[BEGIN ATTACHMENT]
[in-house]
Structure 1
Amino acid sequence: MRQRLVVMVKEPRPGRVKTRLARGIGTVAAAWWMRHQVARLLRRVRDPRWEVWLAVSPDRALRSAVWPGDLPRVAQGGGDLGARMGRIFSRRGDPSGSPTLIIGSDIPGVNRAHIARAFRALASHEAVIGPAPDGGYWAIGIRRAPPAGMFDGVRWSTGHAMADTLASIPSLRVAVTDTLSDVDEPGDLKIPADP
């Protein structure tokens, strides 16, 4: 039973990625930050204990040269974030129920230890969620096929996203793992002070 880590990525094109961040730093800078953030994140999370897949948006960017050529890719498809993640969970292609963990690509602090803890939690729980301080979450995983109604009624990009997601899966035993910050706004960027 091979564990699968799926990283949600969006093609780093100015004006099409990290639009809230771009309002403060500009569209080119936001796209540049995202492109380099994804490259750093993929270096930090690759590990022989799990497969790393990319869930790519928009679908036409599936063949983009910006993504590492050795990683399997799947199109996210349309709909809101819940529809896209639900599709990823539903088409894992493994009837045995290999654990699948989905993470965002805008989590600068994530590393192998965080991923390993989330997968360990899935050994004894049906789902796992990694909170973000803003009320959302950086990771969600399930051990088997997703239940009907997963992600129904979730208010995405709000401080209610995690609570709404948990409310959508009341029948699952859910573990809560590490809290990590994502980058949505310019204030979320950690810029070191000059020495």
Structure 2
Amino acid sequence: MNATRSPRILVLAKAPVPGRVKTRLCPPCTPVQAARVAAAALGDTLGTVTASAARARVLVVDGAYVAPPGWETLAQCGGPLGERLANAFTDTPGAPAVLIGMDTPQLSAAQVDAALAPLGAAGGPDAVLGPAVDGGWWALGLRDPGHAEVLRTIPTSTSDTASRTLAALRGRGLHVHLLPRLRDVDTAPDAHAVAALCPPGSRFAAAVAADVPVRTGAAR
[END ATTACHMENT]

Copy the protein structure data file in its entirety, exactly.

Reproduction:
[in-house]
Structure 1
Amino acid sequence: MRQRLVVMVKEPRPGRVKTRLARGIGTVAAAWWMRHQVARLLRRVRDPRWEVWLAVSPDRALRSAVWPGDLPRVAQGGGDLGARMGRIFSRRGDPSGSPTLIIGSDIPGVNRAHIARAFRALASHEAVIGPAPDGGYWAIGIRRAPPAGMFDGVRWSTGHAMADTLASIPSLRVAVTDTLSDVDEPGDLKIPADP
């Protein structure tokens, strides 16, 4: 039973990625930050204990040269974030129920230890969620096929996203793992002070 880590990525094109961040730093800078953030994140999370897949948006960017050529890719498809993640969970292609963990690509602090803890939690729980301080979450995983109604009624990009997601899966035993910050706004960027 091979564990699968799926990283949600969006093609780093100015004006099409990290639009809230771009309002403060500009569209080119936001796209540049995202492109380099994804490259750093993929270096930090690759590990022989799990497969790393990319869930790519928009679908036409599936063949983009910006993504590492050795990683399997799947199109996210349309709909809101819940529809896209639900599709990823539903088409894992493994009837045995290999654990699948989905993470965002805008989590600068994530590393192998965080991923390993989330997968360990899935050994004894049906789902796992990694909170973000803003009320959302950086990771969600399930051990088997997703239940009907997963992600129904979730208010995405709000401080209610995690609570709404948990409310959508009341029948699952859910573990809560590490809290990590994502980058949505310019204030979320950690810029070191000059020495």
Structure 2
Amino acid sequence: MNATRSPRILVLAKAPVPGRVKTRLCPPCTPVQAARVAAAALGDTLGTVTASAARARVLVVDGAYVAPPGWETLAQCGGPLGERLANAFTDTPGAPAVLIGMDTPQLSAAQVDAALAPLGAAGGPDAVLGPAVDGGWWALGLRDPGHAEVLRTIPTSTSDTASRTLAALRGRGLHVHLLPRLRDVDTAPDAHAVAALCPPGSRFAAAVAADVPVRTGAAR